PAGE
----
On July 17, the Missouri Court of Appeals affirmed a ruling of the Cole County Circuit Court dismissing a putative class action under the Fair Credit Reporting Act against multinational staffing company, Kelly Services, Inc.

A three-judge panel of the Missouri Court of Appeals issued a one-page order and eleven-page memorandum opinion upholding the lower court’s ruling that the plaintiff lacked standing to pursue his claim since he alleged only bare procedural violations without the requisite concrete injury.

The panel held: “Not even the most liberal construction of his pleading would support a construction favorable to finding that Mr. Boergert pleaded a concrete and actual injury. … Because Mr. Boergert did not plead an invasion of a legally protected interest that is concrete and particularized and actual or imminent, not conjectural or hypothetical, the trial court did not err in dismissing his complaint for lack of standing.”

Plaintiff Cott Boergert claimed Kelly Services violated the FCRA when it fired him from a job placement based on information in his consumer report indicating that he had been on probation in 2009 for commission of a felony. Boergert had previously indicated that he had not been on probation for a felony in the preceding seven years when he filled out the employment application.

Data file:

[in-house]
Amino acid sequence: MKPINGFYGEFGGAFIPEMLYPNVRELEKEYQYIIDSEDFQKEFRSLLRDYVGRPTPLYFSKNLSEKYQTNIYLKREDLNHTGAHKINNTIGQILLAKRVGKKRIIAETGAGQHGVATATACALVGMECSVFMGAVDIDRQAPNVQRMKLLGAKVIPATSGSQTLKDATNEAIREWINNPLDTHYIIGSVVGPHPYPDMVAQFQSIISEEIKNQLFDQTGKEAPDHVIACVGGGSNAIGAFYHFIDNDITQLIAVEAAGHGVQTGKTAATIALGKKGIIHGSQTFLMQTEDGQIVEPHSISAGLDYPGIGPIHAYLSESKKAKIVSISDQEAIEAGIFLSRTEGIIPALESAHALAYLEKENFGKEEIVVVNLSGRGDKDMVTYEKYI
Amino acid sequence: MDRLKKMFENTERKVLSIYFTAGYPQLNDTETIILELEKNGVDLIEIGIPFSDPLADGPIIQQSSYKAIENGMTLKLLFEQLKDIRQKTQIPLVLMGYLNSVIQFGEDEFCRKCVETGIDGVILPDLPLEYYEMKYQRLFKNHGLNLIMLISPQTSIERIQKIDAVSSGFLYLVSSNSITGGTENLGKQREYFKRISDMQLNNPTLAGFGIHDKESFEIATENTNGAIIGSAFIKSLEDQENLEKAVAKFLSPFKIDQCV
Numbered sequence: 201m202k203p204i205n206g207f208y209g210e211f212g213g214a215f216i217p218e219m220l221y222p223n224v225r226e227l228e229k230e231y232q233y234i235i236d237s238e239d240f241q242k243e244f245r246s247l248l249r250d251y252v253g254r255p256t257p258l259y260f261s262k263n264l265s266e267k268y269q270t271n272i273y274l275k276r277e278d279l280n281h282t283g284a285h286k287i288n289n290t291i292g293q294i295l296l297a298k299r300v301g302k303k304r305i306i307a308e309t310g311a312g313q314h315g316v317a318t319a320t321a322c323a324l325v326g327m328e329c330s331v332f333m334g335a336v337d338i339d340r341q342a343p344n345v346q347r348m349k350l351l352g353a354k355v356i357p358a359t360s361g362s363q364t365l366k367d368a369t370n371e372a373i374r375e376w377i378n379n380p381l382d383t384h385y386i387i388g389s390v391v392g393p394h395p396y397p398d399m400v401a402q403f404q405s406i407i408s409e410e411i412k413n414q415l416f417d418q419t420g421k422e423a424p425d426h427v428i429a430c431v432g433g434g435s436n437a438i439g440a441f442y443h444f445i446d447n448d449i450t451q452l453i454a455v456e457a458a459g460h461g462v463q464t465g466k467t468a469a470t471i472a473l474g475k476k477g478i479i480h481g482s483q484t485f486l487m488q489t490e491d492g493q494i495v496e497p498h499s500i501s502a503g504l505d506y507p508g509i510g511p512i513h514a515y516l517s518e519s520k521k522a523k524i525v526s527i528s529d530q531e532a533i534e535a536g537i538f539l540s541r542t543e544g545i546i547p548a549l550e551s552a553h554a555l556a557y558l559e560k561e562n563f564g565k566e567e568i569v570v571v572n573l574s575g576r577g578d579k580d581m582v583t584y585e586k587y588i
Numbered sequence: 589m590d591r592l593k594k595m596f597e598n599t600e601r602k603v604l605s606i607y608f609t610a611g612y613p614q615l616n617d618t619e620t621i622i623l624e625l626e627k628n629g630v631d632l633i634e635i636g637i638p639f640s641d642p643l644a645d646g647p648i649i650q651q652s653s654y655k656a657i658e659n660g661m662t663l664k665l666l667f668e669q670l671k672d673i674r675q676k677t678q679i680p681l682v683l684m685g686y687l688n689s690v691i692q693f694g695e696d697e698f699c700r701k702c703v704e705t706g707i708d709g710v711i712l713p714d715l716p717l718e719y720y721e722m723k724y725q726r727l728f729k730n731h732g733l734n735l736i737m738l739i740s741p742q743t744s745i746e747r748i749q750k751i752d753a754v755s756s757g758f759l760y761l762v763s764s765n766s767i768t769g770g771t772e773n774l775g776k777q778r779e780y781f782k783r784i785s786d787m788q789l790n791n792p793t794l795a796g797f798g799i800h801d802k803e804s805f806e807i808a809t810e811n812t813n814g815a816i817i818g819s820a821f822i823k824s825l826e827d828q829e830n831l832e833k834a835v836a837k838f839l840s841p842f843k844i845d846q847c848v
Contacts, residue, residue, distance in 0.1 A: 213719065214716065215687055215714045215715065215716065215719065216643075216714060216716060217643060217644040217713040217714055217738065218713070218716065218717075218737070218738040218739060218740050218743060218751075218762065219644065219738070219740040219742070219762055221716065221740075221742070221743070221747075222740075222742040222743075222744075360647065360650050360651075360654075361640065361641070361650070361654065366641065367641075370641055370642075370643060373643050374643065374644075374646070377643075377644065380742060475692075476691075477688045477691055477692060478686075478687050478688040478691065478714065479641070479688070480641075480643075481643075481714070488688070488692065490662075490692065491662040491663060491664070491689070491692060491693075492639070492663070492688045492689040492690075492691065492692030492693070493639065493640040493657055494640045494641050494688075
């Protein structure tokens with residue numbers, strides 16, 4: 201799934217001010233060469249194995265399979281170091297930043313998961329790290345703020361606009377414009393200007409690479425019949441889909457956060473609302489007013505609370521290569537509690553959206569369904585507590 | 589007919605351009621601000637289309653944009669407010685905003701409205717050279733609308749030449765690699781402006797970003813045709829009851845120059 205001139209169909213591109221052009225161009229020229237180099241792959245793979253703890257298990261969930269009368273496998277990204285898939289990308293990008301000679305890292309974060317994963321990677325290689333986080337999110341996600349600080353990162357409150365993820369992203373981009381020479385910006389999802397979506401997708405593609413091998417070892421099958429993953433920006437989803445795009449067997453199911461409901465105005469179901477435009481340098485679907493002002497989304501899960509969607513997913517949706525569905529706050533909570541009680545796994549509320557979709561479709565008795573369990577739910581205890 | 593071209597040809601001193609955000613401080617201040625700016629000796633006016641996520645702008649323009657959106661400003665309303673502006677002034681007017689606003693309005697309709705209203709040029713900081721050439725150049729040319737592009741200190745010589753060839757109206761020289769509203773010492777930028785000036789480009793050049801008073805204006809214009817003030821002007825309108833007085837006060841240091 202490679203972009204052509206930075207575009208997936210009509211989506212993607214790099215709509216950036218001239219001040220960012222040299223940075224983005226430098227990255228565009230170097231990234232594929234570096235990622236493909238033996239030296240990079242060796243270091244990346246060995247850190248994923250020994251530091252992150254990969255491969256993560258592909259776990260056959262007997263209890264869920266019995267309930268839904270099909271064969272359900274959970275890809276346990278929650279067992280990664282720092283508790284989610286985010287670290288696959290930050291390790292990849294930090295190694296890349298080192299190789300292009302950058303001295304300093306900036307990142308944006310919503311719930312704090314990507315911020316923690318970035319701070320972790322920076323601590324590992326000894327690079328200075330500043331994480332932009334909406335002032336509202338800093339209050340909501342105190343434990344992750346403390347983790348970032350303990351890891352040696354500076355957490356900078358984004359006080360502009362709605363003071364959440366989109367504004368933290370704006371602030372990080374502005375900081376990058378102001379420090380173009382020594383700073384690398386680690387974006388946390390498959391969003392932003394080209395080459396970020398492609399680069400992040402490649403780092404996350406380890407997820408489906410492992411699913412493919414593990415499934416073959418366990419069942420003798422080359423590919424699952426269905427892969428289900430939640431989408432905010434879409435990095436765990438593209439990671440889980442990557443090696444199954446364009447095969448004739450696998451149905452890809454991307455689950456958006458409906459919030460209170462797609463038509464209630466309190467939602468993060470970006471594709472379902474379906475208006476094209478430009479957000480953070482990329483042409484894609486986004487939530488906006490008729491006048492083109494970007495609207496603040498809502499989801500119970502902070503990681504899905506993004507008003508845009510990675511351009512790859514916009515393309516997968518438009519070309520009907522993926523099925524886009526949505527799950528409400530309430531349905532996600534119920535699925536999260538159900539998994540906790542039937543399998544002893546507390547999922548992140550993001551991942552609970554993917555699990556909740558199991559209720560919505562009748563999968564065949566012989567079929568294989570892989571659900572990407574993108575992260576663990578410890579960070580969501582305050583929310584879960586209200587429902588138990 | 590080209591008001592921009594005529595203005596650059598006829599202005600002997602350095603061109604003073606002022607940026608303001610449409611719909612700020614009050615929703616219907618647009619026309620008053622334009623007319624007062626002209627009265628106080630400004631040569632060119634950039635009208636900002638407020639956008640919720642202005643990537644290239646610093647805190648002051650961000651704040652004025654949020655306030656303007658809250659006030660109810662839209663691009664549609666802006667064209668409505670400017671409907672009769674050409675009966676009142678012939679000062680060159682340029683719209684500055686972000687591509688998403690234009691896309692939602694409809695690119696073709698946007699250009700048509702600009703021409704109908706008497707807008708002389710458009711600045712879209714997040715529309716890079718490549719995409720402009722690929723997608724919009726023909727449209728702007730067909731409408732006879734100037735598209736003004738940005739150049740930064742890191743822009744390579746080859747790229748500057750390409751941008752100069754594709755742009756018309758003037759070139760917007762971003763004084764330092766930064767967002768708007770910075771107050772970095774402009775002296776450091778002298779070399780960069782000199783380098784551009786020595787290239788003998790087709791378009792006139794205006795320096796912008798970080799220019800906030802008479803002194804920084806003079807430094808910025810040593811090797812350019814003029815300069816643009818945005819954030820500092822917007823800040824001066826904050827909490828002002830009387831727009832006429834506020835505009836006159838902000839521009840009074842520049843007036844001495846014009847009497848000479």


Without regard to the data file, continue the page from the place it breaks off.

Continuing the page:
He then filed the class action in Cole County Circuit Court, claiming that Kelly Services violated the FCRA by including more information in its disclosure form than was allowed and by not providing him with either the report or a summary of his rights. Interestingly, the case was removed to federal court but was dismissed in 2016 under the U.S. Supreme Court’s Spokeo v. Robins decision. That federal district court, however, rethought its decision and the case was remanded back to state court.

The panel’s ruling added: “While alleging that Kelly Services knowingly violated the FCRA by using a disclosure form that contained extraneous information – a bare procedural violation – and that he was therefore entitled to statutory damages for these violations, Mr. Boergert did not plead any concrete or actual injury. … Although he testified during a deposition that the form confused him, he did not plead that it did so or that he did not see the disclosure or authorize Kelly Services to obtain a consumer report.”